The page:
Australian Mena Calthorpe wrote just three novels in her lifetime; The Dyehouse was her first novel, and I’ll tag it a ‘social conscience’ novel. But while the novel centres on working life in a Sydney textile factory, it’s also about the trials of the people who work there: their poverty, loves, and struggles. So while we see the structure of the factory with its workers, and how humanity is sacrificed for profit, we also see the private lives of those workers beyond the dyehouse.
It’s 1956, and a very calm, prim Miss Merton arrives at the Southern Textiles Dye Works to apply for a job. The factory is run by Mr Renshaw, and when the novel opens, the biggest dilemmas facing the factory are the drop in production and the sudden popularity of nylon. Behind Mr Renshaw is the Chairman of Directors, the General Manager, and the Company Secretary who each approach the factory differently. Through the plot we see the layers of management, upper, middle and all the way down to the workers who struggle with various problems, personal and professional.
One of Miss Merton’s tasks is to process the necessary forms in order to give the employees sick pay. The term “personal illness” has to be redefined
“Cuthbert says that personal illness could be the personal illness of wife or child. Sick-pay applies only to the personal illness of the employee.”
“I suppose he means Barney Monahan.” said Miss Merton.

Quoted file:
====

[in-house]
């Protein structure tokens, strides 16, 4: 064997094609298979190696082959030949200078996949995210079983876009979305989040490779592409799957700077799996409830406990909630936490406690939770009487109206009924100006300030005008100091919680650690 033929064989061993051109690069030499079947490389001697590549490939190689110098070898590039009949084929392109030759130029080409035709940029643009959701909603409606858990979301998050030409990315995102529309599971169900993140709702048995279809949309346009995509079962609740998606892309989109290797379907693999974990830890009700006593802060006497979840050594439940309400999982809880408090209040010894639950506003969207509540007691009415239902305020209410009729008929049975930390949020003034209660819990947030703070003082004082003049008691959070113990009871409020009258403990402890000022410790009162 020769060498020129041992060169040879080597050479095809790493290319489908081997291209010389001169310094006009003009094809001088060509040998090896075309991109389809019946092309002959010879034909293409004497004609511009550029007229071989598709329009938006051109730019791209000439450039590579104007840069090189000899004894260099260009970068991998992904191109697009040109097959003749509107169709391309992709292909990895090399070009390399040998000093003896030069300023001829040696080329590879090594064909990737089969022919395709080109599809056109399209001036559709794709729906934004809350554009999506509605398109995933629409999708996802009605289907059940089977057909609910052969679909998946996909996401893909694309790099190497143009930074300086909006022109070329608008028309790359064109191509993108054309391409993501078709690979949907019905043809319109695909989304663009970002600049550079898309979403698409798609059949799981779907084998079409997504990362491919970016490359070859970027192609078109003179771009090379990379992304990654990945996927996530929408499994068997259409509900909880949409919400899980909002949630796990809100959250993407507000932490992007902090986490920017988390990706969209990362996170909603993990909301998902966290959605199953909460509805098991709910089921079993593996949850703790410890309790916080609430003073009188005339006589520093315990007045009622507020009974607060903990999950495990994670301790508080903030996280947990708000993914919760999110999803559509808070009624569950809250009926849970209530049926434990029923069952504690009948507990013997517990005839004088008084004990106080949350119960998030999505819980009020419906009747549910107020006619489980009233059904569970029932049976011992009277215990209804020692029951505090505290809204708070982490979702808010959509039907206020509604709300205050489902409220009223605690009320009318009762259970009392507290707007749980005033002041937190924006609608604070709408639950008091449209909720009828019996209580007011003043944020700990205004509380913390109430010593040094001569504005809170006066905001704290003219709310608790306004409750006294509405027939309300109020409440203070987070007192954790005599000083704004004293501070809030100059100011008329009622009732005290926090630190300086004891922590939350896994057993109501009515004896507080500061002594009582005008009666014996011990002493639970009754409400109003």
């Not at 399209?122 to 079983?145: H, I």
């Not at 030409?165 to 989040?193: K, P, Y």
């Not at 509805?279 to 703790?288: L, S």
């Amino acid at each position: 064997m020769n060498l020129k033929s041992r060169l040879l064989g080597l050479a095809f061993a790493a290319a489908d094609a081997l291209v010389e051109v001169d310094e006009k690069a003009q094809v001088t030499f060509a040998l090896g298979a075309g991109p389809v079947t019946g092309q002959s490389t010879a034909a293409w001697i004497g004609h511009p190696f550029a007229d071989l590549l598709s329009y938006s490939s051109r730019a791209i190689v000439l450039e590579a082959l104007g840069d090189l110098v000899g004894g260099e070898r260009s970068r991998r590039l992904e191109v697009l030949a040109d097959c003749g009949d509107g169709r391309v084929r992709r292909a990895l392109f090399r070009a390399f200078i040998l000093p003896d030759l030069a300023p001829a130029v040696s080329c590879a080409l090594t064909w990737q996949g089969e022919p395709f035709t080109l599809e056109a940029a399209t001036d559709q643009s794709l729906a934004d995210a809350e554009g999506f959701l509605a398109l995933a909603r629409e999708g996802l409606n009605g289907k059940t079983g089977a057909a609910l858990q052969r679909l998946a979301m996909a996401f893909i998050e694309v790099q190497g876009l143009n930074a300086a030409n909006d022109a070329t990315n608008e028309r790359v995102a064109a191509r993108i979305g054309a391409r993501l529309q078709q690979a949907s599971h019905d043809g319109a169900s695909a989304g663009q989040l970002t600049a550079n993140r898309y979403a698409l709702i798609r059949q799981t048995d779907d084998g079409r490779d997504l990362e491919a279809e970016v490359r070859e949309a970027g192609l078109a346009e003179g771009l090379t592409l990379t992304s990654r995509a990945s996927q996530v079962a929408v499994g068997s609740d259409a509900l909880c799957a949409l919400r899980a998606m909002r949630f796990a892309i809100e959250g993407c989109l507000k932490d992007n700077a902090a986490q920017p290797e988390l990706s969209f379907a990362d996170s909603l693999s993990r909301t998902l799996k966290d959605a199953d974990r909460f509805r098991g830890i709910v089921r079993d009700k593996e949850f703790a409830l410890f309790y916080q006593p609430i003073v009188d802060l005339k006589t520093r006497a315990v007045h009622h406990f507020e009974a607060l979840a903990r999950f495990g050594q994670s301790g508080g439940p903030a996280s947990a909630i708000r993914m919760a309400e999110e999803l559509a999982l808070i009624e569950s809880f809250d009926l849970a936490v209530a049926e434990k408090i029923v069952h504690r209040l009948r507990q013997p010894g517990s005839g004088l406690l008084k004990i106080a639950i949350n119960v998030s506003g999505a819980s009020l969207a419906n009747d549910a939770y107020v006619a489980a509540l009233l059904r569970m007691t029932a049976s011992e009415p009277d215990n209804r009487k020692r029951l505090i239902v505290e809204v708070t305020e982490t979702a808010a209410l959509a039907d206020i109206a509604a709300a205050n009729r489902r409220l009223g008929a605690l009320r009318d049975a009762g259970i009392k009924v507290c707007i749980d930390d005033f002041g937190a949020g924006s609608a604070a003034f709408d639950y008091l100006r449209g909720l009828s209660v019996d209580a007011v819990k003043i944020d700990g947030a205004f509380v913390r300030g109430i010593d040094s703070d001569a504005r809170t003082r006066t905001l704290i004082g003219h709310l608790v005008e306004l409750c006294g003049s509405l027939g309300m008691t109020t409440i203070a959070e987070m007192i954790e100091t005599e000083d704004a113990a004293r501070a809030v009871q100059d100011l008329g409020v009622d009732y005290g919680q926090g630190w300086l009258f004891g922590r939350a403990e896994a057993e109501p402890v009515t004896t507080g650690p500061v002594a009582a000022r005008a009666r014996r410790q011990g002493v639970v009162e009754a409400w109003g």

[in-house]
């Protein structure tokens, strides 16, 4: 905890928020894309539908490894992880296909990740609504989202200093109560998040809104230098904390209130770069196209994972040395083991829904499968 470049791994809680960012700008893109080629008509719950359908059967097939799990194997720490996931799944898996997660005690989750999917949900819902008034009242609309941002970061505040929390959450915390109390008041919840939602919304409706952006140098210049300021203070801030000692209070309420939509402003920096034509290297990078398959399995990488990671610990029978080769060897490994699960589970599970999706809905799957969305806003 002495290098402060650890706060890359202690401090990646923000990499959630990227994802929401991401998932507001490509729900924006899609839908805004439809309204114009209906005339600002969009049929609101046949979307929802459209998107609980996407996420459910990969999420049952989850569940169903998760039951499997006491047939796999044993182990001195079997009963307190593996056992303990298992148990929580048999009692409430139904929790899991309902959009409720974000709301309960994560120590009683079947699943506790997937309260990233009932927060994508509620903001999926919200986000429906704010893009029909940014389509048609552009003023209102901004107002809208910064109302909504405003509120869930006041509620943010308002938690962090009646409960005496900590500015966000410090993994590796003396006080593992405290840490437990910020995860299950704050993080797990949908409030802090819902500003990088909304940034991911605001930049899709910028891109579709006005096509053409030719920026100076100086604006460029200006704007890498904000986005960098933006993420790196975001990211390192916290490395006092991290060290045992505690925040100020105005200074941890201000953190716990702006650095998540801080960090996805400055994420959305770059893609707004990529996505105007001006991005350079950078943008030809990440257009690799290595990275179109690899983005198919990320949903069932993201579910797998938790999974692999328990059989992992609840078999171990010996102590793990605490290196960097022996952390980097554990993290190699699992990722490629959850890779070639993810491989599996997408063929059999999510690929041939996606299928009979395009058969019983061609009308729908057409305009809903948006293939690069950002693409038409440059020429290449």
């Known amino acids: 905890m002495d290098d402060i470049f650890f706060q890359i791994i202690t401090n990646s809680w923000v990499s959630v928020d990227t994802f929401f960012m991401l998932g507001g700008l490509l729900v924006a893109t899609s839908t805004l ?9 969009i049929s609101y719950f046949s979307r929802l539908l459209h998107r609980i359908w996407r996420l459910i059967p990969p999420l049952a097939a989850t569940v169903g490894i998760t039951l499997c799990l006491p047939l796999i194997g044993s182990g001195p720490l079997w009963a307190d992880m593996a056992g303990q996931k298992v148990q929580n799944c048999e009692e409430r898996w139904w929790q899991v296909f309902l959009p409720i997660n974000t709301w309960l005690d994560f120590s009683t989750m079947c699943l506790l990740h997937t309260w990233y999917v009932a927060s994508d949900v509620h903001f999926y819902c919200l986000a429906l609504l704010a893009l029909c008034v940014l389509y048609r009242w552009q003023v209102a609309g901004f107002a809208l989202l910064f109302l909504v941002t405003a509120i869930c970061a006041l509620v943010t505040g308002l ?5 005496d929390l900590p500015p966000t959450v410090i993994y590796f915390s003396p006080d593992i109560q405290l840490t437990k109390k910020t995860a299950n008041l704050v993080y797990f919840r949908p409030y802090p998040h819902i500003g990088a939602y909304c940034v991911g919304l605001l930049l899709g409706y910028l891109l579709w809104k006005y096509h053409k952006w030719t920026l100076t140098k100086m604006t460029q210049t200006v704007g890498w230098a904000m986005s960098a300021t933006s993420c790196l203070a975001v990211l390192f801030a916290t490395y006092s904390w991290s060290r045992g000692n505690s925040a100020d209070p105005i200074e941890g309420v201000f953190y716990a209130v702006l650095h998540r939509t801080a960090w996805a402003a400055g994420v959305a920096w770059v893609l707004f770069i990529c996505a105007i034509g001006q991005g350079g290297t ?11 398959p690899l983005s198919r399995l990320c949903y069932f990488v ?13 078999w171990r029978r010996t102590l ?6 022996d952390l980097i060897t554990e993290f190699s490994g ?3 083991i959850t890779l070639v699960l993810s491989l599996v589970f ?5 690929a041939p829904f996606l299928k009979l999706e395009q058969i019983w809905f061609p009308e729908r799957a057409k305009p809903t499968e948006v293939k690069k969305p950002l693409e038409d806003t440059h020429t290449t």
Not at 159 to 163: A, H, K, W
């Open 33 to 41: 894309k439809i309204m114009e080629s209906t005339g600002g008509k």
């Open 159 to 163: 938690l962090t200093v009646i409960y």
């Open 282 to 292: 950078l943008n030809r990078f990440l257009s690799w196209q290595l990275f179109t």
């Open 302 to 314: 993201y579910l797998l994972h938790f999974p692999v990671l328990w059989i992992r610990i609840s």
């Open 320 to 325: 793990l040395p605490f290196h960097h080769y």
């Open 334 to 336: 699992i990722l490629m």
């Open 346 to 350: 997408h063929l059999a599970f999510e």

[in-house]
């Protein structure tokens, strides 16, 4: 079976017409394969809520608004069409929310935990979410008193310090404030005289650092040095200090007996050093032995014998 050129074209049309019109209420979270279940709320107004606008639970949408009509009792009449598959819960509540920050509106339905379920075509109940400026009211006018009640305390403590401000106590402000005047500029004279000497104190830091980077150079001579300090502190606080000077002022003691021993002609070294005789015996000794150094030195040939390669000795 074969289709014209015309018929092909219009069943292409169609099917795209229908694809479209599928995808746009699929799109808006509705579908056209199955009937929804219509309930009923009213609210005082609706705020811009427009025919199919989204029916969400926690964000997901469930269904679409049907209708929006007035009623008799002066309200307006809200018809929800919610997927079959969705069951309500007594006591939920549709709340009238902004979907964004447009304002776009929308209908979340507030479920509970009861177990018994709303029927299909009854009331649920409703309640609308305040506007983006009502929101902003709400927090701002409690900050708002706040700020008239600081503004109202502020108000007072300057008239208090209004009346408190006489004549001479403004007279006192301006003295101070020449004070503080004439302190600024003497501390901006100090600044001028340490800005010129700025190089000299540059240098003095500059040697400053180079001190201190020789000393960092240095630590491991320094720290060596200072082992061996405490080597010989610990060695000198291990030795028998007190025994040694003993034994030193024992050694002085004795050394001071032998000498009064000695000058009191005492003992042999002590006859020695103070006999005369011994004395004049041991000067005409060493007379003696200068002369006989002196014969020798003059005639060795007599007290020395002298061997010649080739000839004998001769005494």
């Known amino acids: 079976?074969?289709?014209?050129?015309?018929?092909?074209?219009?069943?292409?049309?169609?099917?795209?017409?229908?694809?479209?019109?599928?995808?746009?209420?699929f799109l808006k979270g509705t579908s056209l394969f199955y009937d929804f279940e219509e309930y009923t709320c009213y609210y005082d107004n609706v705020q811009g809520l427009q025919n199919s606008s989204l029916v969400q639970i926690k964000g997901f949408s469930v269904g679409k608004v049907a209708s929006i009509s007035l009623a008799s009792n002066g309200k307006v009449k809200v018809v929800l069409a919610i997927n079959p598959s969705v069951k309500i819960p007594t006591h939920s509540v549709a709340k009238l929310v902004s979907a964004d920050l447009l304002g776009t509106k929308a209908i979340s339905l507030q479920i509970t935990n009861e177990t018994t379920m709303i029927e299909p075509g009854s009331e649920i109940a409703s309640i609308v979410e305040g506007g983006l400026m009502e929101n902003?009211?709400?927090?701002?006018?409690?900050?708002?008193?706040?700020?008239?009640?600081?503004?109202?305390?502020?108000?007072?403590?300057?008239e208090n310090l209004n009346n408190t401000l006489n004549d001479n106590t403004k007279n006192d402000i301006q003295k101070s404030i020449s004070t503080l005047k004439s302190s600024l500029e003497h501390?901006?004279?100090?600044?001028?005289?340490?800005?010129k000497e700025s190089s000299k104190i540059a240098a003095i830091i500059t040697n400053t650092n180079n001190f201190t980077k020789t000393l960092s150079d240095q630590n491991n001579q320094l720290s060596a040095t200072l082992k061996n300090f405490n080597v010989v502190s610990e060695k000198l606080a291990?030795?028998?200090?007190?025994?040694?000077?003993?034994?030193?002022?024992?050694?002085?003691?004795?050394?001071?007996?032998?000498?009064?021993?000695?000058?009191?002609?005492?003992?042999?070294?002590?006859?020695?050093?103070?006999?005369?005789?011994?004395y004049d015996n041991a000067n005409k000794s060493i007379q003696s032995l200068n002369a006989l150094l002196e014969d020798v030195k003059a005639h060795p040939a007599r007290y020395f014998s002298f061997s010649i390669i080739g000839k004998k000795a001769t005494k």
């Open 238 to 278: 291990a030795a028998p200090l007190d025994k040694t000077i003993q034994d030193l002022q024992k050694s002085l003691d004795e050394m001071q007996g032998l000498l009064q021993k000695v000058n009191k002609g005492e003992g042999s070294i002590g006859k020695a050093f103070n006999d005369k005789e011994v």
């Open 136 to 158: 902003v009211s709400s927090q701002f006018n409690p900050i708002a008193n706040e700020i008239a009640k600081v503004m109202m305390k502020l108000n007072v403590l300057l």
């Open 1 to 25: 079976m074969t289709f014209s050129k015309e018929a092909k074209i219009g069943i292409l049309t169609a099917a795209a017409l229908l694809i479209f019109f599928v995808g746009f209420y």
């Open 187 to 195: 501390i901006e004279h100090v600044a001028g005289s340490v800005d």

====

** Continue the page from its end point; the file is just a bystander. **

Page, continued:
“Oh, well,” said Renshaw, “we’ve got to draw the line somewhere. Some of these blokes know a thing or two.”
“Yes.” Miss Merton pressed her lips together.
“Don’t need to take it to heart,” said Renshaw. “Just watch them for that ‘my personal illness ‘ angle, and the rest is up to them.”
Miss Merton sat tapping her pen on her desk.
“It seems heartless,” she said. “Wife sick. Everything at odds. And this form waiting for ‘due to my personal illness.’ There’s not much margin for the joys and tragedies in people’s lives, is there?”
Working at the dyehouse isn’t morally easy for Miss Merton, and Renshaw can tell that she disapproves of policies. To him she’s a “sentimentalist,” and if that means she sees that workers as part of a factory ‘family,’ then she’s guilty as charged. Miss Merton also observes Renshaw’s predatory behaviour towards the female factory workers. Patty, Renshaw’s flavour of the week, is foolish enough to believe Renshaw’s tin promises that he’ll marry her. Everyone else in the factory knows that Patty is being used, but she’s the last one to get it. My favorite character is Oliver, a man who sees the bigger picture.
Author Mena Calthorpe was a communist and worked in a textile factory, so both her beliefs and her experiences are engaged here. Over the course of a year, we see how the factory runs and the lives of a handful of characters: Hughie Marshall “Leading Hand on the vats.” Hughie is a stellar worker but lacks credentials, and Renshaw intends to replace him in spite of the devotion he’s shown to the company. Then there’s Patty who lives with her invalid mother, a young woman who doesn’t need the trouble that a relationship with Renshaw will bring. We also follow the story of Barney, whose youthful enthusiasm is lost in the “treadmill” of work. It’s easy to tell the author’s politics here, but she doesn’t sacrifice characterization for message, and that’s what makes The Dyehouse an engaging read.
For some reason, Australia in the 50s holds a special fascination.